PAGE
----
Calculating Steph's likely shooting percentage is kind of tricky but we can first make an estimate assuming (incorrectly) that he didn't shoot 100 3s a day, but instead stopped at 77 (if this kind of simplification bothers you then don't become a physicist). In this case his one-day probability is \({p_3}^{77}\), where \(p_3\) is his 3-point shooting percentage. Let's assume for the moment that he shoots the same percentage in practice as in an actual NBA game. Looking at his stats, in 2015 this stands at 44%. Plugging this into our equation we get:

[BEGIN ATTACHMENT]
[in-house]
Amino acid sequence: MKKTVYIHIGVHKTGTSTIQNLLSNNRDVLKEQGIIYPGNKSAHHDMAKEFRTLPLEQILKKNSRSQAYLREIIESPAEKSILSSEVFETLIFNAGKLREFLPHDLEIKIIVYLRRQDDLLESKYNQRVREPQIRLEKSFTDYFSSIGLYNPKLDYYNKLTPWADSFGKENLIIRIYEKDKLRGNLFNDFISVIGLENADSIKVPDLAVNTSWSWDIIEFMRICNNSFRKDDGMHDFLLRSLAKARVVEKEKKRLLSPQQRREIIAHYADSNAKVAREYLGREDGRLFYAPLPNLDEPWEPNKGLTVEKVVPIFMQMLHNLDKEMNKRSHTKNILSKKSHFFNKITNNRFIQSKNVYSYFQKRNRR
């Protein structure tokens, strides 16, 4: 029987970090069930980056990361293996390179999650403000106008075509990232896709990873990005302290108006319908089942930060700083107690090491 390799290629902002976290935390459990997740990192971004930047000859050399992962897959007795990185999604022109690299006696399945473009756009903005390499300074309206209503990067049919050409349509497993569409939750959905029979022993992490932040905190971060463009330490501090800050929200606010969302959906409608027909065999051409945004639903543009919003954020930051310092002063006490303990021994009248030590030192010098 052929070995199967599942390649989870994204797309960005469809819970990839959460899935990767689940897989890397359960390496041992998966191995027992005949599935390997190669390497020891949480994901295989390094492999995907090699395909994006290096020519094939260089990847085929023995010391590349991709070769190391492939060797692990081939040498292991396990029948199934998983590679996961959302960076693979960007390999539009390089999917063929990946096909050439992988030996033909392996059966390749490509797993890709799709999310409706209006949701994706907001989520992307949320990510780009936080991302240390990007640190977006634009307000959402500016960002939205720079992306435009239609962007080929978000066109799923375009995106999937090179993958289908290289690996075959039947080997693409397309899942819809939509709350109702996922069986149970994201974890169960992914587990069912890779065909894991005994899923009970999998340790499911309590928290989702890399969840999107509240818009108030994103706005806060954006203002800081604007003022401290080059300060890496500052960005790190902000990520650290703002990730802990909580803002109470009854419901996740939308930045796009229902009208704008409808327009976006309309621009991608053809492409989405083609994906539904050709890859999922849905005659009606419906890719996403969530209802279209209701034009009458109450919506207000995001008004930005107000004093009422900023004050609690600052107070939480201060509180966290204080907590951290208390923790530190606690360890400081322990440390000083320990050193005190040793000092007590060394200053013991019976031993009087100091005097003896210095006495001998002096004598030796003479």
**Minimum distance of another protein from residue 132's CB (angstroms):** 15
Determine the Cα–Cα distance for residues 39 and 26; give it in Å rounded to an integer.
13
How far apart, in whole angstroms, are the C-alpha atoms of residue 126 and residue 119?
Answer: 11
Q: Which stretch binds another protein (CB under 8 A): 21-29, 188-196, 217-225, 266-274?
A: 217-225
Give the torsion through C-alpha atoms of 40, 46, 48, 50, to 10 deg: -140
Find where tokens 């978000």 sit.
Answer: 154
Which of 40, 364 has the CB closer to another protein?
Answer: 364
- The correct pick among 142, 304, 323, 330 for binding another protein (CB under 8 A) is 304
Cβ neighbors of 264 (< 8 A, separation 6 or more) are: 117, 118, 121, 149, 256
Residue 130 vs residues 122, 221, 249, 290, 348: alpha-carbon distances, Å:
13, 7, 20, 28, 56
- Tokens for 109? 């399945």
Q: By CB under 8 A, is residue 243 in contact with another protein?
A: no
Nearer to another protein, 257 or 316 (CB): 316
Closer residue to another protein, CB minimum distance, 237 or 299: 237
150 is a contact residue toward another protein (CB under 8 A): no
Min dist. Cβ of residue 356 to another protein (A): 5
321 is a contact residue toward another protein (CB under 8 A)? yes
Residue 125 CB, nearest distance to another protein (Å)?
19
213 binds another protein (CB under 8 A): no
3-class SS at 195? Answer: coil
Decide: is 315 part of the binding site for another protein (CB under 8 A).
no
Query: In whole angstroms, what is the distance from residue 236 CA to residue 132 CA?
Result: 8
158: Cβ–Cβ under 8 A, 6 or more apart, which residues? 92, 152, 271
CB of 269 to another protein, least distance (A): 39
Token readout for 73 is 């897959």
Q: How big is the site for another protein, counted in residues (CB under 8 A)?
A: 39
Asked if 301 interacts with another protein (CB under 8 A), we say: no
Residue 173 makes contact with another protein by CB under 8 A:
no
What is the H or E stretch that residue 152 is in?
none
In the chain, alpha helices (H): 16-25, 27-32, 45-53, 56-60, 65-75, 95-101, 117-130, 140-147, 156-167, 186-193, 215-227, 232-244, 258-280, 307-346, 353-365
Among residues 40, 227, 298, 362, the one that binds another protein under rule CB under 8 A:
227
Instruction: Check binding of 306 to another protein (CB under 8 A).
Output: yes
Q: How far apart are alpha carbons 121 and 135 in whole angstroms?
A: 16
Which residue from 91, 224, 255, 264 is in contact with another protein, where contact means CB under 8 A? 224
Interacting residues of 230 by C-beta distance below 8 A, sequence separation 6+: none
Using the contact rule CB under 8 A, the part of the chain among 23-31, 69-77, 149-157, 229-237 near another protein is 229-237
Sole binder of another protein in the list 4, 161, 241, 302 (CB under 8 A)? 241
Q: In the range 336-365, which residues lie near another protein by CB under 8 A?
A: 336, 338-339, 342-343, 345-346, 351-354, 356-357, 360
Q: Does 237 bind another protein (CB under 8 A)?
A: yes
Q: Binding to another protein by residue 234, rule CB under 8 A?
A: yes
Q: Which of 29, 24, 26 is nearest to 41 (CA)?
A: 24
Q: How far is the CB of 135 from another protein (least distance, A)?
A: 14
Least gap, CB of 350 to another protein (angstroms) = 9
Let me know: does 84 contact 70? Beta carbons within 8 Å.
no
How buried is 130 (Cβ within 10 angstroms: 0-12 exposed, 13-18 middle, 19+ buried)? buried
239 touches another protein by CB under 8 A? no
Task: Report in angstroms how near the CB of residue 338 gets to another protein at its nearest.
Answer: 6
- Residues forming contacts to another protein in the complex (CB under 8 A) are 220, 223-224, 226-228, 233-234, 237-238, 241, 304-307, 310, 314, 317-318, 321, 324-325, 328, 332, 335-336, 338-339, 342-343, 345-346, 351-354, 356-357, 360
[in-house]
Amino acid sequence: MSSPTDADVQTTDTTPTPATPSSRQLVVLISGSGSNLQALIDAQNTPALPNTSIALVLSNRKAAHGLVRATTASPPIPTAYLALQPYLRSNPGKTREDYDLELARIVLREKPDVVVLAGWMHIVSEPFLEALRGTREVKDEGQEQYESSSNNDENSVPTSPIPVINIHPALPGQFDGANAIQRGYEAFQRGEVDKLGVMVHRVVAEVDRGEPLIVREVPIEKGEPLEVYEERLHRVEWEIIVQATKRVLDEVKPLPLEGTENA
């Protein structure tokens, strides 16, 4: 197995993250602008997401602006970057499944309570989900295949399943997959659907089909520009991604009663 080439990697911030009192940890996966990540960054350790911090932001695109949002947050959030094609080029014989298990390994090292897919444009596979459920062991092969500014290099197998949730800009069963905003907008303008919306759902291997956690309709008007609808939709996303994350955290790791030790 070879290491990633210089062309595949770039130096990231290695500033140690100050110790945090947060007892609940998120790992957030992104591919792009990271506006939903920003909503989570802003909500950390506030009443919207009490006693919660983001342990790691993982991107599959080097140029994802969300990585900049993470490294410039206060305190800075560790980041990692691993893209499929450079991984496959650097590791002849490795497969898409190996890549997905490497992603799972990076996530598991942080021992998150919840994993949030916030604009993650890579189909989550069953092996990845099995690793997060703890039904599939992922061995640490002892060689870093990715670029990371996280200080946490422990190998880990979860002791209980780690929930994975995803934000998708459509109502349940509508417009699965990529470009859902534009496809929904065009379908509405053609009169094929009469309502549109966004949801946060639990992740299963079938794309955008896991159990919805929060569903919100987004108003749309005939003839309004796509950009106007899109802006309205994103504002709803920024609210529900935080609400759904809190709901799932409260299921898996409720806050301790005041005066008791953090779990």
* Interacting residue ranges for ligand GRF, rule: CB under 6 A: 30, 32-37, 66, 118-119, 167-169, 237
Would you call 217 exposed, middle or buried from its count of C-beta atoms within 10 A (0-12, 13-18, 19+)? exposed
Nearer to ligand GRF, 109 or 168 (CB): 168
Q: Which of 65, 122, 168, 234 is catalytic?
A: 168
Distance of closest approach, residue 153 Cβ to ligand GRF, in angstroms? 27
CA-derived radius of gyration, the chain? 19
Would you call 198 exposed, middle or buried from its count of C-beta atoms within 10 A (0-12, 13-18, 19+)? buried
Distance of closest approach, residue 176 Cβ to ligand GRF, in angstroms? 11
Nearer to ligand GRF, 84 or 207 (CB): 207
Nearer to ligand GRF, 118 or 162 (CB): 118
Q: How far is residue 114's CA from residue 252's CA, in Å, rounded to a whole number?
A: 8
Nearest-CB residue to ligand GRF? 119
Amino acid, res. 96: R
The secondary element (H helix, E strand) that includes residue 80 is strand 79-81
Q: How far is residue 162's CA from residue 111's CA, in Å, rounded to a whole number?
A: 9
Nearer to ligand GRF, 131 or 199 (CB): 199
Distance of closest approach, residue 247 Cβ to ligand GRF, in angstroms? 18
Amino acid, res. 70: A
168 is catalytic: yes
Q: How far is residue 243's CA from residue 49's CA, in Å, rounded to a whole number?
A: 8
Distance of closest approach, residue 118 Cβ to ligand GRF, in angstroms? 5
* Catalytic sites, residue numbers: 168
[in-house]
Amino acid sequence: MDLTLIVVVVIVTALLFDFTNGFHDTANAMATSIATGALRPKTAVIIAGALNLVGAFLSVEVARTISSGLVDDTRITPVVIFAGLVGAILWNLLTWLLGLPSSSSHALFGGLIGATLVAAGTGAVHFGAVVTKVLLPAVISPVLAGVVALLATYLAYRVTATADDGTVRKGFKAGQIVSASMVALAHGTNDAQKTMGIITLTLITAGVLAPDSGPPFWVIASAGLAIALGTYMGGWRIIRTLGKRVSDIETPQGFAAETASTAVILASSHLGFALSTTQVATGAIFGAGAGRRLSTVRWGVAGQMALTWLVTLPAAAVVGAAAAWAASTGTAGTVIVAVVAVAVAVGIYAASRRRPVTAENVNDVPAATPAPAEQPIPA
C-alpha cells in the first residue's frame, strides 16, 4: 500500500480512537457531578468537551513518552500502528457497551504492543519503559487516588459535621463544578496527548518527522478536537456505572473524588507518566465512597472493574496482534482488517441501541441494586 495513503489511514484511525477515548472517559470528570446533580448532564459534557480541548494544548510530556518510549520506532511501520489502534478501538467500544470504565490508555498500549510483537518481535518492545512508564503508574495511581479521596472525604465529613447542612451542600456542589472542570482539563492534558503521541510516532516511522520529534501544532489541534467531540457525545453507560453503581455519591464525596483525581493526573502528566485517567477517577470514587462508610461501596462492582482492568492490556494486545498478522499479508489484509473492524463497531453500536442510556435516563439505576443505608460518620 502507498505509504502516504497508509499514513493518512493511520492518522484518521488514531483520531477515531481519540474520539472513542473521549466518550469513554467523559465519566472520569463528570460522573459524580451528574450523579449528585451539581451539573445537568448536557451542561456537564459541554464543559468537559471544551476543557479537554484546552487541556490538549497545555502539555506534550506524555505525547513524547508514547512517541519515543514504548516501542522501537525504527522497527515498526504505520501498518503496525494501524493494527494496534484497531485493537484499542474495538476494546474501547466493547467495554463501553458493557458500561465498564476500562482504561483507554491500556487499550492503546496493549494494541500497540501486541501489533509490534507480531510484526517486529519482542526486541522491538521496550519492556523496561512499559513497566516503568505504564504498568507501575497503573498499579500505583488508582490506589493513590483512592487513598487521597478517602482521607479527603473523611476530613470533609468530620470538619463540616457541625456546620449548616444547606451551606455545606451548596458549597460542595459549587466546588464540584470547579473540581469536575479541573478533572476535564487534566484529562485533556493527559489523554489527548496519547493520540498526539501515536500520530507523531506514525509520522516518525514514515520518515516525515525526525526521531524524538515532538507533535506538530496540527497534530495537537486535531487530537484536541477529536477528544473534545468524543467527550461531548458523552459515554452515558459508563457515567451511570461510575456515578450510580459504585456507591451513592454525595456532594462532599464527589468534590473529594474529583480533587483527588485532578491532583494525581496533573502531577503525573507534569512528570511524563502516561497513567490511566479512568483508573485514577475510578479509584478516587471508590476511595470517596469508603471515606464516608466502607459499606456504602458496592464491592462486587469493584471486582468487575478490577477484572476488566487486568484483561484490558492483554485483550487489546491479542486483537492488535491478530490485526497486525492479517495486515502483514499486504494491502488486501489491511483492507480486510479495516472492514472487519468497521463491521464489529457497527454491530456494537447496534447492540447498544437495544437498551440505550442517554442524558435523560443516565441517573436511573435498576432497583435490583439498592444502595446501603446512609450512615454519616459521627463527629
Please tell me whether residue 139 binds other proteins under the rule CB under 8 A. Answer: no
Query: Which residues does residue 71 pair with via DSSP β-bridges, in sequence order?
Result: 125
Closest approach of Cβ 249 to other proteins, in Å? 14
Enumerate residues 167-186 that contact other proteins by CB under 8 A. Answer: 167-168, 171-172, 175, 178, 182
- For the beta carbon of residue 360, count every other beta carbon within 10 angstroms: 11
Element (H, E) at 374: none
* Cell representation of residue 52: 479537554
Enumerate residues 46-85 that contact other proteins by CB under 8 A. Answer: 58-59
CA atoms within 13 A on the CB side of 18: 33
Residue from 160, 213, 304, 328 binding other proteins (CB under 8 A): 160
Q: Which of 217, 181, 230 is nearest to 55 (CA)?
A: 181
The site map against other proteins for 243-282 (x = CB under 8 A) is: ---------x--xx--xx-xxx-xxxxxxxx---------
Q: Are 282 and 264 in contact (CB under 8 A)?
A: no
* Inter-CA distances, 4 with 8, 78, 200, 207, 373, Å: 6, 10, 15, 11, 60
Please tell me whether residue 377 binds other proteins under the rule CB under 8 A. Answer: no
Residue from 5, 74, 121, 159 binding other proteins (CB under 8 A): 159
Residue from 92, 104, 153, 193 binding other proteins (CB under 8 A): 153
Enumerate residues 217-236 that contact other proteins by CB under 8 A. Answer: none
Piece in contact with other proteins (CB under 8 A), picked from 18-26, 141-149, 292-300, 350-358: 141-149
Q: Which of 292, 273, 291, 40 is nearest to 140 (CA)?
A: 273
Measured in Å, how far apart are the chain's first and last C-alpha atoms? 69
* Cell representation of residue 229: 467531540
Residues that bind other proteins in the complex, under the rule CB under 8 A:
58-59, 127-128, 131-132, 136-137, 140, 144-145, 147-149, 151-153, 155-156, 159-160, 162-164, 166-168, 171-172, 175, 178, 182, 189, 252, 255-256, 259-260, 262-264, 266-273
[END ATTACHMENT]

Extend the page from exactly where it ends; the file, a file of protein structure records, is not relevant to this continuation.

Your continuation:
\(p_3 = {0.44}^{77} = 3.51*10^{-28}\).

Clearly Steph shoots a bit better than that in practice. How much better? Steph has been a professional basketball player for 6 seasons. Let's say he does this shooting drill every day he practices over those 6 seasons and that adds up to a total of 1000 days. We also have to assume that this would be newsworthy, i.e. this is not something he pulls off everyday.